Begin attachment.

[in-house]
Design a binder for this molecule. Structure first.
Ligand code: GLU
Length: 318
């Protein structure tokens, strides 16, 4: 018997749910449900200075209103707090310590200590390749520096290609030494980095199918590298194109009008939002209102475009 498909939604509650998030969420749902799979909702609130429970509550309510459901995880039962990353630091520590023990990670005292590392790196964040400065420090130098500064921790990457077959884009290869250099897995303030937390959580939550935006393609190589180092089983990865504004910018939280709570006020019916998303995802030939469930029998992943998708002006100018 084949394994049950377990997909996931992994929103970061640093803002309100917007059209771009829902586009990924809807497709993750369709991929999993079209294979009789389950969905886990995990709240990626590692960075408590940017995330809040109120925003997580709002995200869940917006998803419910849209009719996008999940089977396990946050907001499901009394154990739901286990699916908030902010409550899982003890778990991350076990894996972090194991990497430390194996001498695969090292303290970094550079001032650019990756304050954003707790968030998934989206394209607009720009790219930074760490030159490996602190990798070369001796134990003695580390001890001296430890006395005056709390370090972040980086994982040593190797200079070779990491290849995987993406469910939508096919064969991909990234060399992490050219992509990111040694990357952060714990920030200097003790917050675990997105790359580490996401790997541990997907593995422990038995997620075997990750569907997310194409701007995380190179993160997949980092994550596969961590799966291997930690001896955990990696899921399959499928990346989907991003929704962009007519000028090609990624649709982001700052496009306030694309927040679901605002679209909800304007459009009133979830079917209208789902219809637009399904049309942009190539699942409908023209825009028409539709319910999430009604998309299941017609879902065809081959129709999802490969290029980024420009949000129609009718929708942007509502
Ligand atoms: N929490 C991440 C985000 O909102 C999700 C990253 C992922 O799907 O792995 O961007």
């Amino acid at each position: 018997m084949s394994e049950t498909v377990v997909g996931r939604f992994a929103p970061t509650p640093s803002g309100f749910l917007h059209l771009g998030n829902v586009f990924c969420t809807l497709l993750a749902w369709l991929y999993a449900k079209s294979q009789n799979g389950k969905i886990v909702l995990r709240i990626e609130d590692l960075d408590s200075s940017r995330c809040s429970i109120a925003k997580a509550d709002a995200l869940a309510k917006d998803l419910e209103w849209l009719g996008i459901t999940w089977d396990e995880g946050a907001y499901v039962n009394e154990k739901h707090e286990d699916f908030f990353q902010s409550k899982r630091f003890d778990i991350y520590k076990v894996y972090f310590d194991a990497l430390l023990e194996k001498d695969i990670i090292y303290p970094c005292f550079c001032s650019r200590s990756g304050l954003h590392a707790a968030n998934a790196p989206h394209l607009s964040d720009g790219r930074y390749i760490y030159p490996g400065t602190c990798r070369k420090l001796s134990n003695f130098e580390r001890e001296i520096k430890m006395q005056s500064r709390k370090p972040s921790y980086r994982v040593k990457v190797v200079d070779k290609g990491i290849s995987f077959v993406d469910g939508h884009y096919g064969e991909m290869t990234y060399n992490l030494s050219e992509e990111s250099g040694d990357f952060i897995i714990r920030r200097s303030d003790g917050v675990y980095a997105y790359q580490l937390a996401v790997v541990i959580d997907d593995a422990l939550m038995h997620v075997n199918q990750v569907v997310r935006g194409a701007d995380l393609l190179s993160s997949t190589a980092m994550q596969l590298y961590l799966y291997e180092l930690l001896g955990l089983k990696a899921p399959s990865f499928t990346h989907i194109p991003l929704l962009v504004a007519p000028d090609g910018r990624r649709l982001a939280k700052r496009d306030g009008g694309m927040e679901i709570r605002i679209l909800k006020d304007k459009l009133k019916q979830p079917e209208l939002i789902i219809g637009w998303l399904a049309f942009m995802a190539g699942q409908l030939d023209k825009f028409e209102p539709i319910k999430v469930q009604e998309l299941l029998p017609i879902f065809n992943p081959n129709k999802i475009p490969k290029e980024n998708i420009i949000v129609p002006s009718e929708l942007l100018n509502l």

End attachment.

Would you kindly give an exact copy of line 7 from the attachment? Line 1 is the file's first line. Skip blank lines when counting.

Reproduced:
């Amino acid at each position: 018997m084949s394994e049950t498909v377990v997909g996931r939604f992994a929103p970061t509650p640093s803002g309100f749910l917007h059209l771009g998030n829902v586009f990924c969420t809807l497709l993750a749902w369709l991929y999993a449900k079209s294979q009789n799979g389950k969905i886990v909702l995990r709240i990626e609130d590692l960075d408590s200075s940017r995330c809040s429970i109120a925003k997580a509550d709002a995200l869940a309510k917006d998803l419910e209103w849209l009719g996008i459901t999940w089977d396990e995880g946050a907001y499901v039962n009394e154990k739901h707090e286990d699916f908030f990353q902010s409550k899982r630091f003890d778990i991350y520590k076990v894996y972090f310590d194991a990497l430390l023990e194996k001498d695969i990670i090292y303290p970094c005292f550079c001032s650019r200590s990756g304050l954003h590392a707790a968030n998934a790196p989206h394209l607009s964040d720009g790219r930074y390749i760490y030159p490996g400065t602190c990798r070369k420090l001796s134990n003695f130098e580390r001890e001296i520096k430890m006395q005056s500064r709390k370090p972040s921790y980086r994982v040593k990457v190797v200079d070779k290609g990491i290849s995987f077959v993406d469910g939508h884009y096919g064969e991909m290869t990234y060399n992490l030494s050219e992509e990111s250099g040694d990357f952060i897995i714990r920030r200097s303030d003790g917050v675990y980095a997105y790359q580490l937390a996401v790997v541990i959580d997907d593995a422990l939550m038995h997620v075997n199918q990750v569907v997310r935006g194409a701007d995380l393609l190179s993160s997949t190589a980092m994550q596969l590298y961590l799966y291997e180092l930690l001896g955990l089983k990696a899921p399959s990865f499928t990346h989907i194109p991003l929704l962009v504004a007519p000028d090609g910018r990624r649709l982001a939280k700052r496009d306030g009008g694309m927040e679901i709570r605002i679209l909800k006020d304007k459009l009133k019916q979830p079917e209208l939002i789902i219809g637009w998303l399904a049309f942009m995802a190539g699942q409908l030939d023209k825009f028409e209102p539709i319910k999430v469930q009604e998309l299941l029998p017609i879902f065809n992943p081959n129709k999802i475009p490969k290029e980024n998708i420009i949000v129609p002006s009718e929708l942007l100018n509502l």